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Polikarpov U-2/Po-2VS

ICM, 1/72 scale

S u m m a r y :

Description and Item No.:

ICM Kit No. 72243 - Polikarpov U-2/Po-2VS

Contents and Media:

Around 100 parts in grey styrene (not all are used), 3 in clear, and one decal sheet with markings for 2 airframes.


£9.99 EU Price (£8.33 Export price) Plus Shipping at Hannants

and hobby shops worldwide and online.



Review Type:

First Look


Conventional engineering, crisply molded parts, and very little flash will make for a relatively quick build.


No instrument panel decals.


With a simple, straightforward layout incorporating single-piece upper and lower wings this kit looks like it will be a relatively quick and easy build.


Reviewed by John Miller

Airfix's 1/72 scale Sea King is available online from Squadron.com




Once again, as I walked the model aisles of Skyway Hobby Shop (my usual weekend haunt) I find, hidden in the stacks, a model I meant to pick up previously but thought I’d missed: the ICM Po-2. I’ve liked ICM kits for a while and have a general and longstanding interest in anything Polikarpov so, done deal! I know you understand. Leave it to Emil, the evil owner of Skyway to have one of these hummers squirreled away on one of his many crowded shelves.



The Polikarpov Po-2 (also U-2, for its initial uchebnyy, 'training', role as a flight instruction aircraft) served as a general-purpose Soviet biplane, nicknamed Kukuruznik (Russian "maize duster" or "crop duster"), NATO reporting name "Mule". The reliable, uncomplicated concept of the Po-2's design made it an ideal training aircraft, as well as doubling as a low-cost ground attack, aerial reconnaissance, psychological warfare, and liaison aircraft during the war. It proved to be one of the most versatile light combat types to be built in the Soviet Union.

It may be the most produced biplanes in history, with as many as ~30,000 Po-2s built between 1928 and 1959. Exact figures are hard to obtain since low-rate production by small repair shops and air clubs likely continued until 1959.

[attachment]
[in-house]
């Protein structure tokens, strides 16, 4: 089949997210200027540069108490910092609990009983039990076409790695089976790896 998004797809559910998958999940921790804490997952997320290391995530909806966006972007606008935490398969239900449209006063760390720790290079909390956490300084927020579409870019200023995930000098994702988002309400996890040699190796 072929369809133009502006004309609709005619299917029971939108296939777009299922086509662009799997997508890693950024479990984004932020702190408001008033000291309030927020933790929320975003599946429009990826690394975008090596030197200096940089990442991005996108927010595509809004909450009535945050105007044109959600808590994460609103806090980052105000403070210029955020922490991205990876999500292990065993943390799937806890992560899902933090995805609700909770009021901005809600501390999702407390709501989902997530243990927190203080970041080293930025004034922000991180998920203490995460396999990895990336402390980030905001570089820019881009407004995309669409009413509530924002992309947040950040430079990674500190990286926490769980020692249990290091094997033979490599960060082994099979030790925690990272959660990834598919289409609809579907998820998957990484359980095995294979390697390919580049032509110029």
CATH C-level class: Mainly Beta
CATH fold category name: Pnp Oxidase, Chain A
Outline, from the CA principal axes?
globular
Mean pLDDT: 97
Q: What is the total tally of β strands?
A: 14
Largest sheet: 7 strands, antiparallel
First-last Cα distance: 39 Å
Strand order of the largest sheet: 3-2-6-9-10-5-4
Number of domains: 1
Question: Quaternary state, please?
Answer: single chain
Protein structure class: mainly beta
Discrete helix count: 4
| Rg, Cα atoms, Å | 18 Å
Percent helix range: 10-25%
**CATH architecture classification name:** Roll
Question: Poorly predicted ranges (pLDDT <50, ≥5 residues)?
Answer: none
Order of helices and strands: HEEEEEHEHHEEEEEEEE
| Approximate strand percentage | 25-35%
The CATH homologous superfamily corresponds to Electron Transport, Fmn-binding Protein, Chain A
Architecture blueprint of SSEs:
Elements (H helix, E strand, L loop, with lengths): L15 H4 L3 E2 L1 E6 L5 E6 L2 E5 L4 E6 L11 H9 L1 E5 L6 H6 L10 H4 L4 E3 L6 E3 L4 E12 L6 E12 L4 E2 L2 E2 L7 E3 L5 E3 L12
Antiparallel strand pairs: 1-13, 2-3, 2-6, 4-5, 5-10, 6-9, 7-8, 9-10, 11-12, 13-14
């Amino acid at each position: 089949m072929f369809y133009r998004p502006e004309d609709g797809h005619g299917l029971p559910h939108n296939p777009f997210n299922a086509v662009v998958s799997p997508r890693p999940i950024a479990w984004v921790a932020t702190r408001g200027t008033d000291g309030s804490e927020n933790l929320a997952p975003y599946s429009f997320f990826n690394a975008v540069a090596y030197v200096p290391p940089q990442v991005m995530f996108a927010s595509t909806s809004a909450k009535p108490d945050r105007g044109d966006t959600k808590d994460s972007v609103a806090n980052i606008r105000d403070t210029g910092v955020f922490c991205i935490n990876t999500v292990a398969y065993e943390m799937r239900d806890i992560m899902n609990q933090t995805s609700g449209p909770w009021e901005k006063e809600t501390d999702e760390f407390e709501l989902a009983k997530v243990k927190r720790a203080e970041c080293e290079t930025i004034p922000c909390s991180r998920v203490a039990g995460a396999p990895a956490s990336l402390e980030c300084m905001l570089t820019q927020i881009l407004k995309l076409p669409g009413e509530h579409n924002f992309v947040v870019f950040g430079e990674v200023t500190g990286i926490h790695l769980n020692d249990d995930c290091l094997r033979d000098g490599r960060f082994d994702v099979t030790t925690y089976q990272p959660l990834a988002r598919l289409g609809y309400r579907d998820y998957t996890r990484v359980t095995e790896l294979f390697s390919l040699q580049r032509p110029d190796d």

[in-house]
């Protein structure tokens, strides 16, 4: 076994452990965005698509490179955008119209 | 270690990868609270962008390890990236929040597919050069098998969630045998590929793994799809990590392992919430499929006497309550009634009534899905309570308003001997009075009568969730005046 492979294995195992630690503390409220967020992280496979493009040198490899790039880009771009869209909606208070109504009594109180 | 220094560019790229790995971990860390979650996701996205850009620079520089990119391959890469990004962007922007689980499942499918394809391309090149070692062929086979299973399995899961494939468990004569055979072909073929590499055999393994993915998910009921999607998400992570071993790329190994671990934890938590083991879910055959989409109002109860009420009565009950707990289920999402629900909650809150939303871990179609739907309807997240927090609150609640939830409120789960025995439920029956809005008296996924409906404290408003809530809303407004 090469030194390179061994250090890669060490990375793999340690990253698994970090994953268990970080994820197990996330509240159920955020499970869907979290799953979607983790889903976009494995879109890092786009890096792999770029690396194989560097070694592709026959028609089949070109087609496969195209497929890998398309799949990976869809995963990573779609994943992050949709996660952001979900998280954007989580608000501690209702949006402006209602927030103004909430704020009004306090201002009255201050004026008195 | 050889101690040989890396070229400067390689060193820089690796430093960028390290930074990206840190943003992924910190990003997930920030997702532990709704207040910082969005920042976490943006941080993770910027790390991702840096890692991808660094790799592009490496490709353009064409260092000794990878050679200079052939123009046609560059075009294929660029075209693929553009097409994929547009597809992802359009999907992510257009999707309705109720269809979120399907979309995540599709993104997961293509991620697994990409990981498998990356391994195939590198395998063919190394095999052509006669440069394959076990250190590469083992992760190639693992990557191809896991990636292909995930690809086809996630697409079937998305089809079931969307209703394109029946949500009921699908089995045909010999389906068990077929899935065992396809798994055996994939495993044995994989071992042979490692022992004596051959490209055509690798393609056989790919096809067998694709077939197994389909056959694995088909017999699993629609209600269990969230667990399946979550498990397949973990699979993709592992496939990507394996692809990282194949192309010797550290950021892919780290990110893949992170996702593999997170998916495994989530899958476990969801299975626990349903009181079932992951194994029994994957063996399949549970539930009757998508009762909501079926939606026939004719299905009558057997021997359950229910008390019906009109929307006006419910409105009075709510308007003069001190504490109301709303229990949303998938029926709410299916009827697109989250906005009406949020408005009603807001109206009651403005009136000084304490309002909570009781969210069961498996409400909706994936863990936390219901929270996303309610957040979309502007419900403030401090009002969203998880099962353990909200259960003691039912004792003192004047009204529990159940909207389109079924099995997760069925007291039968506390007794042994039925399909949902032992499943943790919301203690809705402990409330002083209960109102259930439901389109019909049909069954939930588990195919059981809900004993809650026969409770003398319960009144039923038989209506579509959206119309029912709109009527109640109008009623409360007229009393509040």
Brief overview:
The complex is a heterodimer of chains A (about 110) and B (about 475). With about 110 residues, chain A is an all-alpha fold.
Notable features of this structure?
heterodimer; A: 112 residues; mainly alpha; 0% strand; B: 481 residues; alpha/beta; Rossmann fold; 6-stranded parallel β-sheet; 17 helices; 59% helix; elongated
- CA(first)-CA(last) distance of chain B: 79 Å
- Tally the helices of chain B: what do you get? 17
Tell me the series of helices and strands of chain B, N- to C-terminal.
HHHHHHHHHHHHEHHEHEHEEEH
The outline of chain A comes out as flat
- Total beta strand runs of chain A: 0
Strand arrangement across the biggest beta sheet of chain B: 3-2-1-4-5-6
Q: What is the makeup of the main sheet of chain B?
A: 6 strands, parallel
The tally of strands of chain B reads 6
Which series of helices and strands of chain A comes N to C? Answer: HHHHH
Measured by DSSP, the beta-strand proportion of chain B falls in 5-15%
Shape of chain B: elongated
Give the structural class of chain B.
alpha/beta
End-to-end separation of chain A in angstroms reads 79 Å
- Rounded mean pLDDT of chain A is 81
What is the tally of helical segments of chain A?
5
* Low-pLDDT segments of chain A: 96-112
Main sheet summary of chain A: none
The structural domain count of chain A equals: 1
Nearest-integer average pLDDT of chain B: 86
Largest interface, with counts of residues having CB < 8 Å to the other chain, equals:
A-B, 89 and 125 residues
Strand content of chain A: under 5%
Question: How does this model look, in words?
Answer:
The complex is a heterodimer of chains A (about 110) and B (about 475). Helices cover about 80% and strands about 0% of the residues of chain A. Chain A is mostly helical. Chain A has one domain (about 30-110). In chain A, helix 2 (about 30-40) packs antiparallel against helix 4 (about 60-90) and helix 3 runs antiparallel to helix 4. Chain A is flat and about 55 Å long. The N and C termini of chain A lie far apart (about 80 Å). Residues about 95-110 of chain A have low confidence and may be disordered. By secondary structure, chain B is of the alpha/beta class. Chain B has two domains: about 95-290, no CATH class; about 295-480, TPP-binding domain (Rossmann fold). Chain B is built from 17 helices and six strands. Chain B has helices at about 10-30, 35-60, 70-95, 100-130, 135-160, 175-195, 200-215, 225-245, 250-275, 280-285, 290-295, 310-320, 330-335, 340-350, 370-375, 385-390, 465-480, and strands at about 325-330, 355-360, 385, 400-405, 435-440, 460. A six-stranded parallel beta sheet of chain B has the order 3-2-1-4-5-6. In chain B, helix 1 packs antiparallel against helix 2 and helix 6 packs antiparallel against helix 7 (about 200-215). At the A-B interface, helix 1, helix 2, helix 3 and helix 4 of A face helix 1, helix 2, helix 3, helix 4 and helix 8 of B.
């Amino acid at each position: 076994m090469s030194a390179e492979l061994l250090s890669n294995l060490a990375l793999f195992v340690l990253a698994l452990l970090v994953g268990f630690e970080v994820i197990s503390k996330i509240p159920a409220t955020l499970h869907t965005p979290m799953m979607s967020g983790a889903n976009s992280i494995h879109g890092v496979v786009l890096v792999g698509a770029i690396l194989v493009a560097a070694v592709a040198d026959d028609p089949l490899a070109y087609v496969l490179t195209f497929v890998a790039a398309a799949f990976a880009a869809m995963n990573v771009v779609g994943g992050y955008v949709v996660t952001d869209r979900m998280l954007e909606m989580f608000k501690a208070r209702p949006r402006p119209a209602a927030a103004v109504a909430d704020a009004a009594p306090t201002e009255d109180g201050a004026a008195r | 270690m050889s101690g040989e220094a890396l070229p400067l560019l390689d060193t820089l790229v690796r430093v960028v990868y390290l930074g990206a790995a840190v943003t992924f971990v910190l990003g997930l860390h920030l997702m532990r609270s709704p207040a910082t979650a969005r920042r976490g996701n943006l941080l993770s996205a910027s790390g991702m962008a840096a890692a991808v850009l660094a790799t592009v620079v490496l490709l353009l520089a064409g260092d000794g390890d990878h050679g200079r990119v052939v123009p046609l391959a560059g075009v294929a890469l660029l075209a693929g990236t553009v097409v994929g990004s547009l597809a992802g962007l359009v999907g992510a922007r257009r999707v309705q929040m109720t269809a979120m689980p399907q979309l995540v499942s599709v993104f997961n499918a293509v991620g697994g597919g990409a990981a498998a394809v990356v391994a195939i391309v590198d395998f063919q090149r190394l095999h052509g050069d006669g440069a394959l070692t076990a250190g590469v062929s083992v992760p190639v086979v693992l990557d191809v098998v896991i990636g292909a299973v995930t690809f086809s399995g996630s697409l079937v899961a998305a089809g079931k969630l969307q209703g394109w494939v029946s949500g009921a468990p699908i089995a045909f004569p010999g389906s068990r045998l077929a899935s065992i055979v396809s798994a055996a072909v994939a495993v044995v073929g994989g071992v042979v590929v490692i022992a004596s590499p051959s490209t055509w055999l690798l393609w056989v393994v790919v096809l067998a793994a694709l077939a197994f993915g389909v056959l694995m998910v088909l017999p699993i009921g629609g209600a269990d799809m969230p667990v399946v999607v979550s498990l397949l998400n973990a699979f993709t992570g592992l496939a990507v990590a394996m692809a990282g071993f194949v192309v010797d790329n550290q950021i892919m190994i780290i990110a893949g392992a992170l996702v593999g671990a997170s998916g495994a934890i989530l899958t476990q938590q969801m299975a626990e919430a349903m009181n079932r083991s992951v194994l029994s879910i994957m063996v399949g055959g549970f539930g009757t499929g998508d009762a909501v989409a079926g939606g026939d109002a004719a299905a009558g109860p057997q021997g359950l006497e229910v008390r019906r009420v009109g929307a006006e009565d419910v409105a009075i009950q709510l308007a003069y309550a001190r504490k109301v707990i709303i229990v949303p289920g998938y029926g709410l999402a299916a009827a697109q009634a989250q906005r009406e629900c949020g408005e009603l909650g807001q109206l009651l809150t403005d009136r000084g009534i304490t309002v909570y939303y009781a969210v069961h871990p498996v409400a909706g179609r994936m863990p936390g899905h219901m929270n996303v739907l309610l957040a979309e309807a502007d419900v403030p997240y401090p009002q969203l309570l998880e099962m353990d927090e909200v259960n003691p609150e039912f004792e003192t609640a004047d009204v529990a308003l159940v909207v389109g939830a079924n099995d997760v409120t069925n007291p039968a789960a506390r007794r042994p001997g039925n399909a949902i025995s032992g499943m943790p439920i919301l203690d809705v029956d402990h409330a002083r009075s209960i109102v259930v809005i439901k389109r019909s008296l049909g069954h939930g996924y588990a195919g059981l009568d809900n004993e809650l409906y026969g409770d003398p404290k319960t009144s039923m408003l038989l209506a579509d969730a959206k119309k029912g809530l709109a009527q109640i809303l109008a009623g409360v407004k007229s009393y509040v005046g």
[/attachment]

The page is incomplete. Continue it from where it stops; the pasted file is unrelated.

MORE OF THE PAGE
Design and Development:

The aircraft was designed by Nikolai Polikarpov to replace the U-1 trainer (a copy of the British Avro 504), which was known as Avrushka to the Soviets.

The prototype of the U-2, powered by a 74 kW (99 hp) Shvetsov M-11 air-cooled five-cylinder radial engine, first flew on January 7, 1928 piloted by M.M. Gromov. Aircraft from the preproduction series were tested at the end of 1928 and serial production started in 1929 in Factory number 23 (Leningrad). Its name was changed to Po-2 in 1944, after Polikarpov's death, according to the then-new Soviet naming system, usually using the first two letters of the designer's family name, or the Soviet government-established design bureau that created it.

From the beginning, the U-2 became the basic Soviet civil and military trainer aircraft. It was also used for transport, and as a military liaison aircraft due to its STOL capabilities. Also from the beginning it was produced as an agricultural aircraft, which earned it its nickname Kukuruznik. Although entirely outclassed by contemporary aircraft, the Po-2 served extensively on the Eastern Front in World War II, primarily as a liaison, medevac, and general-supply aircraft. It was especially useful for supplying Soviet partisans behind the German lines.

During the defense of Odessa, in September 1941, the U-2 was used as a reconnaissance aircraft and as a light, short-range, bomber. From 1942 it was adapted as a light night ground attack aircraft.



Nikolay Polikarpov supported the project of adapting the airframe for carrying bombs, and under his leadership, the U-2VS (voyskovaya seriya - Military series) was created. This was a light night bomber, fitted with bomb carriers beneath the lower wing to carry 50 or 100 kg (110 or 220 lbs) bombs up to a total weight of 350 kg (771 lb) and armed with ShKAS or DA machine guns in the observer's cockpit.